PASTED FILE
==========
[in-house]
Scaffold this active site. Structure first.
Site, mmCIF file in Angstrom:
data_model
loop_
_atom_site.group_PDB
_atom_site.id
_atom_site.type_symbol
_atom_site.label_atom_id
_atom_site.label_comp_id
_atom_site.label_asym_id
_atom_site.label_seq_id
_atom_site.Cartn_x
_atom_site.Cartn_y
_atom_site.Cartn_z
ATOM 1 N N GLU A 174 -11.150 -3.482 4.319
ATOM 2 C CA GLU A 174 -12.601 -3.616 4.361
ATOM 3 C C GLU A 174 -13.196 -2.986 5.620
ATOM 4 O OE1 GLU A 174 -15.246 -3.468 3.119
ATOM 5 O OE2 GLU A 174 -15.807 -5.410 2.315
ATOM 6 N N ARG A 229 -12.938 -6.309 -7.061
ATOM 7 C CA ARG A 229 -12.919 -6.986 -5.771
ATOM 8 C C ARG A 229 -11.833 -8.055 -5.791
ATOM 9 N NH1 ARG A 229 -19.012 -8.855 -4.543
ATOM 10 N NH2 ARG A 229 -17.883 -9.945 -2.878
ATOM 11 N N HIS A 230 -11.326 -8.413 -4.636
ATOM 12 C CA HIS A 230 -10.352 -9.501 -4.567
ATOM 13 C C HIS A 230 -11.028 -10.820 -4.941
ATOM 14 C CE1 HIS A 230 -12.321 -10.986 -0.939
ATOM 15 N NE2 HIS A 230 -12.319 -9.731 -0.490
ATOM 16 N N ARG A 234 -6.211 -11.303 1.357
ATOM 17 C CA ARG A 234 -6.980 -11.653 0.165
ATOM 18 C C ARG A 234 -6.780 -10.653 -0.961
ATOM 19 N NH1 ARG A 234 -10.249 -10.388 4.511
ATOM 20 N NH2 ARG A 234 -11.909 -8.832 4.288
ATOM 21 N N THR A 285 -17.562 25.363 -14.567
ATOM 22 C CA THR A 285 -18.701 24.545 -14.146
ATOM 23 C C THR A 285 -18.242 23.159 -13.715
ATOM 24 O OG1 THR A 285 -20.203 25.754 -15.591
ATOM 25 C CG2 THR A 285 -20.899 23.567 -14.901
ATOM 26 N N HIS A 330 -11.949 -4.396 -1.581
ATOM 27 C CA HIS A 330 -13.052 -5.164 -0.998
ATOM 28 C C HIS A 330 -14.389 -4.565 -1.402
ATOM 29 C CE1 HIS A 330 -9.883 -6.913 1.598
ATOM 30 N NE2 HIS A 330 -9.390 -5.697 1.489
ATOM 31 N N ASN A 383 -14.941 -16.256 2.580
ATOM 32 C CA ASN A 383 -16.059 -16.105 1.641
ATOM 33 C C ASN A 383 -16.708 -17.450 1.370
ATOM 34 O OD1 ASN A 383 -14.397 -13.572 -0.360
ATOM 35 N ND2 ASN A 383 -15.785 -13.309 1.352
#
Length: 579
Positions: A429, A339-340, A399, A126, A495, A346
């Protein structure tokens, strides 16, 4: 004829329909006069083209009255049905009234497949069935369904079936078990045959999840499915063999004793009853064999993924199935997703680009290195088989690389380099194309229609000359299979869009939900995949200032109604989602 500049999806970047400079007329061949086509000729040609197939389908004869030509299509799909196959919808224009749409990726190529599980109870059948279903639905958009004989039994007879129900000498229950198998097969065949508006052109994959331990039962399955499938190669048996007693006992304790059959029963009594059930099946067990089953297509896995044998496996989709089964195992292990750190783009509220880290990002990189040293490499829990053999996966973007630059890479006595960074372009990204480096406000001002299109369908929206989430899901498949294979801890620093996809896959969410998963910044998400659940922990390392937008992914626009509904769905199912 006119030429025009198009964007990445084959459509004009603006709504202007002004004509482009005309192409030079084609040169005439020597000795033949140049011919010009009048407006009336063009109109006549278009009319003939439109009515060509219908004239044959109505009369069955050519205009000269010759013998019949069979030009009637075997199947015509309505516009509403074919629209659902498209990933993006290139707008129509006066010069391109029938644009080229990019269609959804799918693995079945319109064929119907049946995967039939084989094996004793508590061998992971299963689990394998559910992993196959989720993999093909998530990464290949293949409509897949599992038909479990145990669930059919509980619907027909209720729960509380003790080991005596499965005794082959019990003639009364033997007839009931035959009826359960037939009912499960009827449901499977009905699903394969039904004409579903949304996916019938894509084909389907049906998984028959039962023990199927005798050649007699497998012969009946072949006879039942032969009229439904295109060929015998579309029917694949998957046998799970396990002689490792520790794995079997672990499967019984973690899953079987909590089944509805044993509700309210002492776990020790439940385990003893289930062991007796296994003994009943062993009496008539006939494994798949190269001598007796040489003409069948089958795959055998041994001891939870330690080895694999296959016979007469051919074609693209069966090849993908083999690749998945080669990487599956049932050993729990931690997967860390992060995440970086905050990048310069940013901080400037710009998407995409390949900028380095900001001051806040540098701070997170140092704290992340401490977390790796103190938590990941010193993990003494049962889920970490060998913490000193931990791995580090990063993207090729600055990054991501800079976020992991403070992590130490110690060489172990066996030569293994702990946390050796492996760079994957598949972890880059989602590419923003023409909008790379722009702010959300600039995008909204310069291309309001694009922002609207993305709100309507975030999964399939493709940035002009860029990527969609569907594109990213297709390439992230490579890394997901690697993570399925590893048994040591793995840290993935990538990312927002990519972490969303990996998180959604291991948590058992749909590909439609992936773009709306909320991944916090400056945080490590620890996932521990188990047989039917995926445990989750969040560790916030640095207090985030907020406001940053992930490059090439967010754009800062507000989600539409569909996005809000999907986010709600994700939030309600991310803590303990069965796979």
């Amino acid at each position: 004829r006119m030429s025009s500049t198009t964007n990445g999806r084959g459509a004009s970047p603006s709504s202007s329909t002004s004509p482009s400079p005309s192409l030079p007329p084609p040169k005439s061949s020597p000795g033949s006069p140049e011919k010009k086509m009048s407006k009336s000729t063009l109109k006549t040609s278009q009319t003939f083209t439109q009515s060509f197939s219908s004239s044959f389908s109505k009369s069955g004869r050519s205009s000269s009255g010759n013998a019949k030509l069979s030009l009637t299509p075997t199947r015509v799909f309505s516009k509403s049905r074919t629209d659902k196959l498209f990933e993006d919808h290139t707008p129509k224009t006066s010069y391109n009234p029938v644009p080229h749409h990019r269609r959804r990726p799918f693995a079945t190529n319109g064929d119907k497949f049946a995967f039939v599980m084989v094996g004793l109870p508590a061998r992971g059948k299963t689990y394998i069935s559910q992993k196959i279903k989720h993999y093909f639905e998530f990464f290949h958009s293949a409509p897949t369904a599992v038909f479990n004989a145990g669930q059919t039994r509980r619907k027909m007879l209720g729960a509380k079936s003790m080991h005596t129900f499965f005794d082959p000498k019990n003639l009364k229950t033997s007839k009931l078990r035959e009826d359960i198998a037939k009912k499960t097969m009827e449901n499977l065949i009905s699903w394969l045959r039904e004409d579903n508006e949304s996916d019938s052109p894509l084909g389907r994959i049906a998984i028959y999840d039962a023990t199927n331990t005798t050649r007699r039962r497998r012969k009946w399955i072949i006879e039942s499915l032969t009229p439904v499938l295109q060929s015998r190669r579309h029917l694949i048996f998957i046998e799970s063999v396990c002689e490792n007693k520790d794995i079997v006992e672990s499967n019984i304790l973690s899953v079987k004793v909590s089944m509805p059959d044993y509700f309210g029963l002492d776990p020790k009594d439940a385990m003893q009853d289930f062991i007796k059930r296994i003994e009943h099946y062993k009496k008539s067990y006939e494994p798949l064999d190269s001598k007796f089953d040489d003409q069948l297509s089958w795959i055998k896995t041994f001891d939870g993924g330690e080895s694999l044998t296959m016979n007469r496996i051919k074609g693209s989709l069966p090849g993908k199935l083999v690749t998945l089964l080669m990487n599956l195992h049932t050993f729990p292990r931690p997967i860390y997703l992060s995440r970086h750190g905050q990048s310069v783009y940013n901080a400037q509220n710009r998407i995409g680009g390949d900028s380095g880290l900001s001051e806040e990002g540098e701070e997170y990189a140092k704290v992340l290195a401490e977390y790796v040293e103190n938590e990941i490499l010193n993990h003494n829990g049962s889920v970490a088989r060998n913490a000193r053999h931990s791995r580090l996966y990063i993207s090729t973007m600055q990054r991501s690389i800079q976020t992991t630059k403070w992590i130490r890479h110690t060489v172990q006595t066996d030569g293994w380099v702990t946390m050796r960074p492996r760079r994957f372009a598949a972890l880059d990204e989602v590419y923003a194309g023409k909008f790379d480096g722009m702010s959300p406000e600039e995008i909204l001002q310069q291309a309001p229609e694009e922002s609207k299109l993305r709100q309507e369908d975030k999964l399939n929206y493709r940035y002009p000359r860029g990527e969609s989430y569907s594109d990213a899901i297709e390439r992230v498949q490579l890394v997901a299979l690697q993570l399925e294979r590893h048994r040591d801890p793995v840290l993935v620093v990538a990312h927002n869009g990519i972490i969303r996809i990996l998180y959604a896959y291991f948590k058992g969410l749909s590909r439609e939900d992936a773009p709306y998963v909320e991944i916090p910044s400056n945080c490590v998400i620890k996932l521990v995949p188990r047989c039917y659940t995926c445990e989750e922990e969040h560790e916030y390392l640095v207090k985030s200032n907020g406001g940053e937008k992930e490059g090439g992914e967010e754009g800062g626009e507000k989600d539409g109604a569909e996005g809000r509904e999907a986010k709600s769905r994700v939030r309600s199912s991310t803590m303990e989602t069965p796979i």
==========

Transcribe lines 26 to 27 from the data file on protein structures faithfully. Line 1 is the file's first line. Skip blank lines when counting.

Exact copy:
ATOM 11 N N HIS A 230 -11.326 -8.413 -4.636
ATOM 12 C CA HIS A 230 -10.352 -9.501 -4.567